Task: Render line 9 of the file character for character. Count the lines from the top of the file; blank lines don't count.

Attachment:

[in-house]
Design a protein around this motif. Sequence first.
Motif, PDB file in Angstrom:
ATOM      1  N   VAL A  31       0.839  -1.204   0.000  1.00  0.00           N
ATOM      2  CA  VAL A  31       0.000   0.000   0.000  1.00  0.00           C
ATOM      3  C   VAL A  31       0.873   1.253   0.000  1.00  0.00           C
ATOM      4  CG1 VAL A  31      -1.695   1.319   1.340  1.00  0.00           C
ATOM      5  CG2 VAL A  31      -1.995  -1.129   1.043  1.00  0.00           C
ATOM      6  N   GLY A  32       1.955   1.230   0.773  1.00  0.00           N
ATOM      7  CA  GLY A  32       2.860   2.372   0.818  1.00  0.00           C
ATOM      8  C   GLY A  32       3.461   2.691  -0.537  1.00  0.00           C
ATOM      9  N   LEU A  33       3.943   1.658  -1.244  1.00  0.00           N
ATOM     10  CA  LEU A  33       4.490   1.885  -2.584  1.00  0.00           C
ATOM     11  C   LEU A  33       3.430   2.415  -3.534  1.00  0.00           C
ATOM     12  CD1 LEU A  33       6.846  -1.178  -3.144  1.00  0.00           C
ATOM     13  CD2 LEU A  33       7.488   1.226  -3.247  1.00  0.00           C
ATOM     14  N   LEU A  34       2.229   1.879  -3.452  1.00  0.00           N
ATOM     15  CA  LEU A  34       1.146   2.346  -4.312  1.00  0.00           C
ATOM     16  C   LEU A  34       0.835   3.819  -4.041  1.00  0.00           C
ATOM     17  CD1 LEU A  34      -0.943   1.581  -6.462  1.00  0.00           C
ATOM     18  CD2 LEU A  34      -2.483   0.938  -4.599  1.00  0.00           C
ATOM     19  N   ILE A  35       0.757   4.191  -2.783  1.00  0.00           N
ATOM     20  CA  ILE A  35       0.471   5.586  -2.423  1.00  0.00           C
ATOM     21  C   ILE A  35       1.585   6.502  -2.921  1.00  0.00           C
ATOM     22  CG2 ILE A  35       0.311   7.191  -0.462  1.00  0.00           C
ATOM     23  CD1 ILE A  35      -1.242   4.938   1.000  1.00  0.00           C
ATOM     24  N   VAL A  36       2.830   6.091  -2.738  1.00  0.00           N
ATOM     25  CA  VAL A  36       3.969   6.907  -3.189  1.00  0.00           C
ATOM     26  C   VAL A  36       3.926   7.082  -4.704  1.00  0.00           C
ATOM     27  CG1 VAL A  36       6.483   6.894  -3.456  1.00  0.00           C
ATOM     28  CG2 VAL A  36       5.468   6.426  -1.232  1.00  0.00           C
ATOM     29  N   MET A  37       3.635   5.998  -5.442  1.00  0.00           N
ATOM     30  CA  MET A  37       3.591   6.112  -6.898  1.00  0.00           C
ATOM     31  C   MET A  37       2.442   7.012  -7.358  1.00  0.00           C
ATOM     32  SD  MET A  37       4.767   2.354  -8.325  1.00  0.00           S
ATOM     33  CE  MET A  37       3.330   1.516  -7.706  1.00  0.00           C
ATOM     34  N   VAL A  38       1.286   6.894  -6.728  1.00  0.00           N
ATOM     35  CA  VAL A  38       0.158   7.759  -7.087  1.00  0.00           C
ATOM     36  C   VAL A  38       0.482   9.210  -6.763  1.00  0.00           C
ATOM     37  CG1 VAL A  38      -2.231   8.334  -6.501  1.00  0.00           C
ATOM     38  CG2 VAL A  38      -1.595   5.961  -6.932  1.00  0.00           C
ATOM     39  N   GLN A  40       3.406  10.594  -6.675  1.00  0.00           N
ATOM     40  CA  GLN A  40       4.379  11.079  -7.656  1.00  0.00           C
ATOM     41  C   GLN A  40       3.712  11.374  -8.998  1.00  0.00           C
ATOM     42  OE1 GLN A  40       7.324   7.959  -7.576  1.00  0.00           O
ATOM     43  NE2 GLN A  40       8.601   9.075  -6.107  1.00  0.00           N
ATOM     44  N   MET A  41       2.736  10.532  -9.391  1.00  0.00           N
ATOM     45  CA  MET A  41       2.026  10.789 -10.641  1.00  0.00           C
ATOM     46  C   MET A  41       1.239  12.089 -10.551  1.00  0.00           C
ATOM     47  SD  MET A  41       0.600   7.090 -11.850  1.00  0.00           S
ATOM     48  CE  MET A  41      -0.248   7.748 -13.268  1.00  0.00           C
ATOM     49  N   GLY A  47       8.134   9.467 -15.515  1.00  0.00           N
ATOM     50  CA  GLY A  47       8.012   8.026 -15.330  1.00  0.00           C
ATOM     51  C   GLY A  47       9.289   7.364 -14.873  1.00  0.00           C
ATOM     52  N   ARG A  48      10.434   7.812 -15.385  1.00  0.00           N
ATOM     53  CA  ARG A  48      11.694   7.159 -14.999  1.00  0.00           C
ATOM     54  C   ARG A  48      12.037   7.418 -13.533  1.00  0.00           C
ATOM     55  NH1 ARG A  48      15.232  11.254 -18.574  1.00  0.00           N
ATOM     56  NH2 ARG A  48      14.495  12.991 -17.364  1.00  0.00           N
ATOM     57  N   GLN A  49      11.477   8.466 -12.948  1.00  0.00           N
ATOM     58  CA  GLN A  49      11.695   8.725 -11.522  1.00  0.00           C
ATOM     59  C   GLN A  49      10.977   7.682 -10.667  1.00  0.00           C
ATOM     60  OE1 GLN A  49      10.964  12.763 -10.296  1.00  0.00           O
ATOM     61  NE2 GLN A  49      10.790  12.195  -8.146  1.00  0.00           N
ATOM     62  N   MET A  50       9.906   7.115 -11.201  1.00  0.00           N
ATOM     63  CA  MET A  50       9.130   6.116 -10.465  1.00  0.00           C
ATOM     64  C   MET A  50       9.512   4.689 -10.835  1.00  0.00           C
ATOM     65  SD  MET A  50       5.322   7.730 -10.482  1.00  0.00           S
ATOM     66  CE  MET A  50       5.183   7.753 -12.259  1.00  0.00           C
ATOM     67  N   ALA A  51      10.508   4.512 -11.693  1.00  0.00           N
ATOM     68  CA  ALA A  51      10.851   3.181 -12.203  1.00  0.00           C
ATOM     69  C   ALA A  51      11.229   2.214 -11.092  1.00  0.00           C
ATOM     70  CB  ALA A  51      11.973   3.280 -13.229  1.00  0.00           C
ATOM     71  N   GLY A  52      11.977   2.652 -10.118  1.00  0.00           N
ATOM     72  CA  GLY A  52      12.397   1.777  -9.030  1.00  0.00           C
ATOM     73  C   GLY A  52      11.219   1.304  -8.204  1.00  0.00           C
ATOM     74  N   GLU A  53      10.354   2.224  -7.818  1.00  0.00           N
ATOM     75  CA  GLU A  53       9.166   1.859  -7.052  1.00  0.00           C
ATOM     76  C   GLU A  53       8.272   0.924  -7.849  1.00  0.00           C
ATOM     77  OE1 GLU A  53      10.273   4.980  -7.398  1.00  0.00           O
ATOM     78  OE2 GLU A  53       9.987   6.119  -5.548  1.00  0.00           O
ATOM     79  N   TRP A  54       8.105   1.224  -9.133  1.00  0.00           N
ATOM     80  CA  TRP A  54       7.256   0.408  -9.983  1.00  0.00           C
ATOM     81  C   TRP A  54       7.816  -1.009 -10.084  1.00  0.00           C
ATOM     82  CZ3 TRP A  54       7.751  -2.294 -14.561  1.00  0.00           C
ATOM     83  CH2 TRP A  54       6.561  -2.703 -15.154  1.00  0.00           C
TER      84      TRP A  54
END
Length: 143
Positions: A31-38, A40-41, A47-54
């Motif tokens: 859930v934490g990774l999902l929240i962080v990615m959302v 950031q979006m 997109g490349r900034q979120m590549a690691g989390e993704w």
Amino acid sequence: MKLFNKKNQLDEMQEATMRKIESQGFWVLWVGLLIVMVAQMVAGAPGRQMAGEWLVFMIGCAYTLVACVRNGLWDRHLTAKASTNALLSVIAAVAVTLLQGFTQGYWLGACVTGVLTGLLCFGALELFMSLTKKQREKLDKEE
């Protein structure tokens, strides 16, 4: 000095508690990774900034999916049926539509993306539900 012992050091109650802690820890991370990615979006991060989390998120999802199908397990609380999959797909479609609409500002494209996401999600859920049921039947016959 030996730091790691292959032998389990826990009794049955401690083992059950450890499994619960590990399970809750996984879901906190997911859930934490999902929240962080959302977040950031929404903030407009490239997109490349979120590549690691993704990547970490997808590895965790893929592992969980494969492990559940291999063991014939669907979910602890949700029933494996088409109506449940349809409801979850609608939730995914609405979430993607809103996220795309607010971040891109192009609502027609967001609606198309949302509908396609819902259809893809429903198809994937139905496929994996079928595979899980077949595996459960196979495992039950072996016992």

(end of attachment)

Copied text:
ATOM      6  N   GLY A  32       1.955   1.230   0.773  1.00  0.00           N